Moreover, as far from the envisioned ideals the current condition is, now is massively much better than in the past, and undeniably, much of the societal progress we are seeing taking place would not have been made possible without the presence of thought-provoking feminist thinkers. A woman who happened to live in both 1010 and 1050 may never expect the society to shift their attitudes about women; nor would most women living in both 1910 and 1950 have the same expectation, except for those living in more developed parts of the globe. However, those living in 2010 – and potentially up to 2050 – will see massive changes in our human society, almost universally spread across the planet. Technological advances are growing at an exponential rate, so fast that gender differences no longer matter. Women can learn to code, create their Arduino-based devices, do 3D-printing, or even build robots, as much as their male counterparts do, and with more open-access technologies available, everyone will soon be able to learn on their own. The chief scientist for United Arab Emirates’ official mission to explore Mars is a woman. Many of the engineers responsible for creating India’s low-cost rocket program to Mars are also women.

Sarah Amiri, chief scientist of Mars mission program for Government of the United Arab Emirates (UAE)

Do not judge a book by its cover: never mind the sari clothes, but these are Indian women engineers that have designed the low-cost satellites for exploration to Mars. Indeed, one can observe how even more colorful the celebration has been!

Also, much of the “political correctness” discourse – from my own opinion – has been disseminated largely by the Western media, and, ironically, most of the world happens to read Western-based media on a daily basis (myself included). My epistemological understanding is that if we look at different media sources, their perception, opinions, and attitudes about feminism would also largely differ. At least one illustration here would be Wangari Maathai: a 2004 Nobel Peace Prize awardee (quite honestly I always have skepticism about Nobel Peace Prize winners), she has helped to empower Kenyan women while simultaneously worked to preserve the country’s natural habitats. Indeed, I would highly recommend you to read Half The Sky, a very good book authored by New York Times journalist Nicholas Kristof and his wife – and also a fellow journalist, Sheryl WuDunn. This book offers a very broad perspective about efforts of female empowerment across various developing countries, ranging from microfinance to female education to efforts to eradicate female genital mutilation.

For me, the face of ‘feminism’ is not only about Emma Watson promoting #HeforShe, or female rights protest movements worldwide one day after the inauguration of Donald Trump (proof that I’m still reliant on Western-based media). It may feel so negligible, but do not forget that there are also millions of migrant workers – both male and female – who have left behind their families in Indonesia, the Philippines, and other developing countries in order to toil really hard in places like Hong Kong, Singapore, Malaysia, and elsewhere. They sacrifice the time they could have spent with their parents, husbands, or their own children – oftentimes lasting for years – in order to earn enough incomes to fund their families, children’s education, or at least for their next offspring to afford a better future than they themselves could. Isn’t that feminism? What about hundreds of millions of migrant workers within China, who have left behind their hometowns, in order to work in factories, predominantly, to earn enough money for their families? And you assume that their parents are doing this willingly at the expense of the children’s mental well-being? Most people – except for an ‘exceptional few’ – would never do that. And can we expect ‘feminism’ itself to end such injustices? I am afraid not. The least we can do is to honor the sacrifices they have made for their next generations.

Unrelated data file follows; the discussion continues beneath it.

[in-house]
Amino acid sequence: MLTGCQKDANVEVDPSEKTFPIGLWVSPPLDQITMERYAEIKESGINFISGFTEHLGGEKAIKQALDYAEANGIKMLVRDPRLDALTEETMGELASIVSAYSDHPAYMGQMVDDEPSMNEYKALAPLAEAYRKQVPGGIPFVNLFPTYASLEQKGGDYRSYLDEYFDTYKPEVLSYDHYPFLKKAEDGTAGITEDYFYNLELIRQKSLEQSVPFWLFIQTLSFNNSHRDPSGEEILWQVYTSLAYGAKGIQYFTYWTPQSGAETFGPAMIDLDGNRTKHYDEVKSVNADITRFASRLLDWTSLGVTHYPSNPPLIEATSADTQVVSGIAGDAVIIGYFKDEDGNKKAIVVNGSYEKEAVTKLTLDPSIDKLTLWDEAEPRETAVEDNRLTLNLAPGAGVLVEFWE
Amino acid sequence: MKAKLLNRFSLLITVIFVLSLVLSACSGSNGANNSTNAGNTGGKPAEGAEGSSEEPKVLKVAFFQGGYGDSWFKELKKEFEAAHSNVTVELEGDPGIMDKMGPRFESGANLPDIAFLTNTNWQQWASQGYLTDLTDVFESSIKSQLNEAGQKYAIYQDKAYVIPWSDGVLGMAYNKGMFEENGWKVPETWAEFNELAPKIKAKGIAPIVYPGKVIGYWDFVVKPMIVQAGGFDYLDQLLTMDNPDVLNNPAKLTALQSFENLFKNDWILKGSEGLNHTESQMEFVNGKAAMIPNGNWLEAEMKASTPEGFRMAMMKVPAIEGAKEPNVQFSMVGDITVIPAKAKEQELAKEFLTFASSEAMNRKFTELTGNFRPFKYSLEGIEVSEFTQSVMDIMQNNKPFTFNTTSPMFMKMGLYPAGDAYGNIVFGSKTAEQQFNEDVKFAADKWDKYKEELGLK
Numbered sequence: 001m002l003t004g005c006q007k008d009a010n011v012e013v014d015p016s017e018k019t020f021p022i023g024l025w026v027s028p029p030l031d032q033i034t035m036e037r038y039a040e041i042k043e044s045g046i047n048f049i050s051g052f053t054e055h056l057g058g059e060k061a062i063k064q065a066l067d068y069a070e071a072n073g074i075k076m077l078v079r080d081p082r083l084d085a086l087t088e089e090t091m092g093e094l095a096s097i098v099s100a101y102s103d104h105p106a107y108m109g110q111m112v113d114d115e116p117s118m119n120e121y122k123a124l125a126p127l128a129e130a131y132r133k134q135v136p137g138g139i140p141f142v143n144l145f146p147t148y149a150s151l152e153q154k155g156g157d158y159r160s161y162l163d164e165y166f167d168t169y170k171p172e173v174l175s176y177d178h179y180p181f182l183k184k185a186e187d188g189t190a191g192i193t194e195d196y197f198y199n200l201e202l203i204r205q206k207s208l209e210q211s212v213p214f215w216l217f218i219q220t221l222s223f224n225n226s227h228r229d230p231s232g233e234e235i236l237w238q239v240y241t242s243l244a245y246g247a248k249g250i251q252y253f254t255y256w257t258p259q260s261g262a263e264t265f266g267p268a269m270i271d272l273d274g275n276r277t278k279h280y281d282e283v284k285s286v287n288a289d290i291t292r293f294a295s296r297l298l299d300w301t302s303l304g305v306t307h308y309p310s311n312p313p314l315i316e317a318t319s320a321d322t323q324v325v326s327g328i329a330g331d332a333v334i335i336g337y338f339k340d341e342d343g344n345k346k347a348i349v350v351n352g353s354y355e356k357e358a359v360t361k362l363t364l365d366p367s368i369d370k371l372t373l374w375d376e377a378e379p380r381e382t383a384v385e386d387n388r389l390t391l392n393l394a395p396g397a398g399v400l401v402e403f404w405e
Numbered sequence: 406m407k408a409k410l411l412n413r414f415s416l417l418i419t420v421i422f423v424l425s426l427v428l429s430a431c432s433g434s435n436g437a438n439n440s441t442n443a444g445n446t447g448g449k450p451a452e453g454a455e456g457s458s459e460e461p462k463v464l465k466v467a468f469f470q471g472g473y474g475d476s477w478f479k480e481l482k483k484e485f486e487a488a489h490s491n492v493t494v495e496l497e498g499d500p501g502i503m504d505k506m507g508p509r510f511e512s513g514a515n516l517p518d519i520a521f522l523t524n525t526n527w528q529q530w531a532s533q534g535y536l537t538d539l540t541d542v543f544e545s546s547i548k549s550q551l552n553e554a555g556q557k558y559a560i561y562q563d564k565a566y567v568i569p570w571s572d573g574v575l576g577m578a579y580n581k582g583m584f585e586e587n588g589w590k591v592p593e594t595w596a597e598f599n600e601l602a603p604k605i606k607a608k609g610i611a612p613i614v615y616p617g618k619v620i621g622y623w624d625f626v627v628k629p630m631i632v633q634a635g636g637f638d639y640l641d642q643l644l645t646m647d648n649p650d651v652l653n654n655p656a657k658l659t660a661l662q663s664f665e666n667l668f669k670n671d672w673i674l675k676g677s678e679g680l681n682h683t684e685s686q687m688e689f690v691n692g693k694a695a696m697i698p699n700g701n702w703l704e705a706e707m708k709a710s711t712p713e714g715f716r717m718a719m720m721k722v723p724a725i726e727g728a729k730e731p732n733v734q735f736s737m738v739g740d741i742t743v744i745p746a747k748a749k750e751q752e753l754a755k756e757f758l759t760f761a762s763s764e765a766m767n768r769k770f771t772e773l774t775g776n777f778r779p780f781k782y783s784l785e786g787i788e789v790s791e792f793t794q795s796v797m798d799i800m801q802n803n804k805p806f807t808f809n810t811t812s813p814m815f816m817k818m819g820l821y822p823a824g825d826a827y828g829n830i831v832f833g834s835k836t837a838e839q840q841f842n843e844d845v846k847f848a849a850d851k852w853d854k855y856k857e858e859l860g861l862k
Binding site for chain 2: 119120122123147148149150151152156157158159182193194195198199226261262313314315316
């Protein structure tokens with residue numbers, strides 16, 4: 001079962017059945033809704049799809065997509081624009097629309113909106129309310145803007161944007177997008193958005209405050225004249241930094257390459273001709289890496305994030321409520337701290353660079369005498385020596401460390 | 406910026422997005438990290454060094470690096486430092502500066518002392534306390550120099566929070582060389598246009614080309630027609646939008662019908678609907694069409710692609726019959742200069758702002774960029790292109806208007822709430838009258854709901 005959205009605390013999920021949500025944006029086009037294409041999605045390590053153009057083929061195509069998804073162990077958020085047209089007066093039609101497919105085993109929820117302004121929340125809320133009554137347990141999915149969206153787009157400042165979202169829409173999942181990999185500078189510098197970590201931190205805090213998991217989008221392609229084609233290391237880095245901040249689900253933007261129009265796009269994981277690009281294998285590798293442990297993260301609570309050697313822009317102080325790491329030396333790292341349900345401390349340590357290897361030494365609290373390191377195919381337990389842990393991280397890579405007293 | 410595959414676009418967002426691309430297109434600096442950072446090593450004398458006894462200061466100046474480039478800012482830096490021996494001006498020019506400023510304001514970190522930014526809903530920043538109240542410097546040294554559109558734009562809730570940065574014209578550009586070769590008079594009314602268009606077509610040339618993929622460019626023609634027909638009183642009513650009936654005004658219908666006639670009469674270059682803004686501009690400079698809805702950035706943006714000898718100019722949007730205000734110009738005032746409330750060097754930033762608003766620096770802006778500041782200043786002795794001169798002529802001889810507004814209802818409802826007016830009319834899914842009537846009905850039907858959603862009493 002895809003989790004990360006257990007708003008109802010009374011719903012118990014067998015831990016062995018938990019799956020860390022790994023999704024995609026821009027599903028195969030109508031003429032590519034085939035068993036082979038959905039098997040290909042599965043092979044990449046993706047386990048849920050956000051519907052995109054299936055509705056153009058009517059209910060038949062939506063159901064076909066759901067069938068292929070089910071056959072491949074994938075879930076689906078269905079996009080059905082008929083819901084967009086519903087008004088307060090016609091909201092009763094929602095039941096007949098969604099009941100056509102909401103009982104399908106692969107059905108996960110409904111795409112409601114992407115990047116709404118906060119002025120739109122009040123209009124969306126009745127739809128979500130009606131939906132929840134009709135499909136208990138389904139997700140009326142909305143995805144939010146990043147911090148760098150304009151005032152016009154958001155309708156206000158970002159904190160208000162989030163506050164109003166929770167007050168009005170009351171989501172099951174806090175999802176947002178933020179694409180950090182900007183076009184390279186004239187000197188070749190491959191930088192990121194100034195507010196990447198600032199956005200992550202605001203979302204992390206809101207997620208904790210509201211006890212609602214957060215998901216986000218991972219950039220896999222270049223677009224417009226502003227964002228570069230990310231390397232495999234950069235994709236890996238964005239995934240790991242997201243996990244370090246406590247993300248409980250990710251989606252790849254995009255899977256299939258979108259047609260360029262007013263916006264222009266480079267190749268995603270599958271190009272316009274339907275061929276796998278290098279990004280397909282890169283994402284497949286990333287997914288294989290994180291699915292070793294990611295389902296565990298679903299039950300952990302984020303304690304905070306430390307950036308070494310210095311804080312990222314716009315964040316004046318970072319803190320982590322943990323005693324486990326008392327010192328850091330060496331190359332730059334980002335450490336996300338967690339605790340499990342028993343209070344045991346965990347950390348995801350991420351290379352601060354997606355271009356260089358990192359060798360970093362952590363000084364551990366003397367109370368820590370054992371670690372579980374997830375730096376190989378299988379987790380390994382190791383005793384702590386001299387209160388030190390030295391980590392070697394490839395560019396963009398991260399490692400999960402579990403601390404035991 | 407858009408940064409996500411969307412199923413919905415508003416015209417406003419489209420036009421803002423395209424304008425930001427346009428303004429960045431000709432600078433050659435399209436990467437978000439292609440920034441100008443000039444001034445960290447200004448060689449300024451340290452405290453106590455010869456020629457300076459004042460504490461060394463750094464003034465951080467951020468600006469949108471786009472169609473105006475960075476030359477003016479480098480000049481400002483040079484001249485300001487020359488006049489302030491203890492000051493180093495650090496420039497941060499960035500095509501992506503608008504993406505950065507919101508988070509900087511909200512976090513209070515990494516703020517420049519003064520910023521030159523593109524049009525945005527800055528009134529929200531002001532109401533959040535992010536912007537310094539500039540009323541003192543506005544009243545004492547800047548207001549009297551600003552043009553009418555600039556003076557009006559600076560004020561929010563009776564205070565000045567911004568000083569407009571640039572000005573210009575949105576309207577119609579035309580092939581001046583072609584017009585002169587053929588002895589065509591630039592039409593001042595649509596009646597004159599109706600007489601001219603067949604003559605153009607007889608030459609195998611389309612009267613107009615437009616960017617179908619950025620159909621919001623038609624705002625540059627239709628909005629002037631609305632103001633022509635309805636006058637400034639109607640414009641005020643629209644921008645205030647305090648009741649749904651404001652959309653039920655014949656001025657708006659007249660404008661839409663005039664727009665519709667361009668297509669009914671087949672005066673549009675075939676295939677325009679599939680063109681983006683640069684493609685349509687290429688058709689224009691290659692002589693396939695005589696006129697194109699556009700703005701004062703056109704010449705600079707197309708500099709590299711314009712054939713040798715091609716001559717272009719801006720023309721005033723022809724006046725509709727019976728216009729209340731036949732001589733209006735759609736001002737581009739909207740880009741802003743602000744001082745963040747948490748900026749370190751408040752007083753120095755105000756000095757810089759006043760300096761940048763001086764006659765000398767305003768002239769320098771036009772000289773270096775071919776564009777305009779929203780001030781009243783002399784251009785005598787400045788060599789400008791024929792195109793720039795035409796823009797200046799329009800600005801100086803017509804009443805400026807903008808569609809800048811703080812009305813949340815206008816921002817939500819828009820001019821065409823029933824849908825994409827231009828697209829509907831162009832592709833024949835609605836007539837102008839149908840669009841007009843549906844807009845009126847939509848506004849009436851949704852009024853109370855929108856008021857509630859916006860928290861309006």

Beyond the feminism phenomenon, relatedly, another ‘shock’ the society is dealing and adjusting with is the fact that even the concept of ‘gender’ is becoming increasingly fluid. Our mental construction, our conscious understanding on the concept of ‘gender’ is increasingly freed of its binary nature, straight male or straight female. National Geographic, in one of its special editions titled ‘Gender Revolution’, identified no less than 21 different terms to describe gender. In particular, the “LGBT” phenomenon (lesbian-gay-bisexual-transgender) is increasingly tolerated by many communities in different parts of the world. The half-empty picture is that over 172 countries have yet to legalize same-sex marriage; indeed, in many parts of this planet, that is punishable by death, imprisonment for life, or torture. The half-full picture, however, is that over 23 countries, since 2000, have given same-sex marriage a full legal blessing, mostly in North America and Western Europe. Taiwan became the first country in Asia to legalize same-sex marriage based on its Constitutional Court ruling in May 2017. Can a gay or a lesbian, if he or she happened to live in 1000 and 1017, ever imagine such a ‘rapid’ development?

 

The progress, if we look at it from a broader space-time continuum (say the last 10,000 years of human civilization), is hugely exponential, but the fact that it is so rapid that as though it leaves almost no time for societies to adjust makes me concerned about the increasing ‘clash of values’ between people who are effervescently on-the-march progressive, those who are in the center, and those who want to retain the status quo, or maintain the current values. Again, as I have emphasized before, we have the problem of ‘bubbles’ due to how social media algorithms have reconfigured our thought patterns. And for me personally, as a person in the center, I am partly open to such possibilities, but I am also simultaneously worried about whether even I myself can fully cope with those massive, unexpected, fast-forwarding cultural and social shocks.